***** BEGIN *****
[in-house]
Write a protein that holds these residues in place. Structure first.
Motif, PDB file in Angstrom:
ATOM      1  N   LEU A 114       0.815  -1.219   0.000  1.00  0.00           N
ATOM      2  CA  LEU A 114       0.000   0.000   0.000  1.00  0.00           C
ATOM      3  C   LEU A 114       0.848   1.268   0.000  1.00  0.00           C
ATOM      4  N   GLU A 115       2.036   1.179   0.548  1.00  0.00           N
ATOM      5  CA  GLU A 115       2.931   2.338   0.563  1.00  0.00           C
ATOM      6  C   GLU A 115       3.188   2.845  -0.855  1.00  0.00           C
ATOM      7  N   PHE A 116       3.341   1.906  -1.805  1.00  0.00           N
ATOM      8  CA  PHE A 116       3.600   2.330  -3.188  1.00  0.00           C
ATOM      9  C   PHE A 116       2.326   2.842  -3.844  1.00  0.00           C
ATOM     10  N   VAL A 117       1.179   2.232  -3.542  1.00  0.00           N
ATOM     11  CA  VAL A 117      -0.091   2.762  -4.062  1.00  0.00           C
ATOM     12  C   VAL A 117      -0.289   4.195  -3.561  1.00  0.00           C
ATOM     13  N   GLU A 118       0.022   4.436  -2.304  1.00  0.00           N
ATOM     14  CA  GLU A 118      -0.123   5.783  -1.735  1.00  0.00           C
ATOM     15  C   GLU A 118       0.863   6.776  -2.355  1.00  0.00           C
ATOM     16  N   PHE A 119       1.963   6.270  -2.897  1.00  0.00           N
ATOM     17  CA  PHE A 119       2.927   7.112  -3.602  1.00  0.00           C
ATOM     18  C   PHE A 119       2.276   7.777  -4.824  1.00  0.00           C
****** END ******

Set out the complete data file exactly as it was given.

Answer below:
[in-house]
Write a protein that holds these residues in place. Structure first.
Motif, PDB file in Angstrom:
ATOM      1  N   LEU A 114       0.815  -1.219   0.000  1.00  0.00           N
ATOM      2  CA  LEU A 114       0.000   0.000   0.000  1.00  0.00           C
ATOM      3  C   LEU A 114       0.848   1.268   0.000  1.00  0.00           C
ATOM      4  N   GLU A 115       2.036   1.179   0.548  1.00  0.00           N
ATOM      5  CA  GLU A 115       2.931   2.338   0.563  1.00  0.00           C
ATOM      6  C   GLU A 115       3.188   2.845  -0.855  1.00  0.00           C
ATOM      7  N   PHE A 116       3.341   1.906  -1.805  1.00  0.00           N
ATOM      8  CA  PHE A 116       3.600   2.330  -3.188  1.00  0.00           C
ATOM      9  C   PHE A 116       2.326   2.842  -3.844  1.00  0.00           C
ATOM     10  N   VAL A 117       1.179   2.232  -3.542  1.00  0.00           N
ATOM     11  CA  VAL A 117      -0.091   2.762  -4.062  1.00  0.00           C
ATOM     12  C   VAL A 117      -0.289   4.195  -3.561  1.00  0.00           C
ATOM     13  N   GLU A 118       0.022   4.436  -2.304  1.00  0.00           N
ATOM     14  CA  GLU A 118      -0.123   5.783  -1.735  1.00  0.00           C
ATOM     15  C   GLU A 118       0.863   6.776  -2.355  1.00  0.00           C
ATOM     16  N   PHE A 119       1.963   6.270  -2.897  1.00  0.00           N
ATOM     17  CA  PHE A 119       2.927   7.112  -3.602  1.00  0.00           C
ATOM     18  C   PHE A 119       2.276   7.777  -4.824  1.00  0.00           C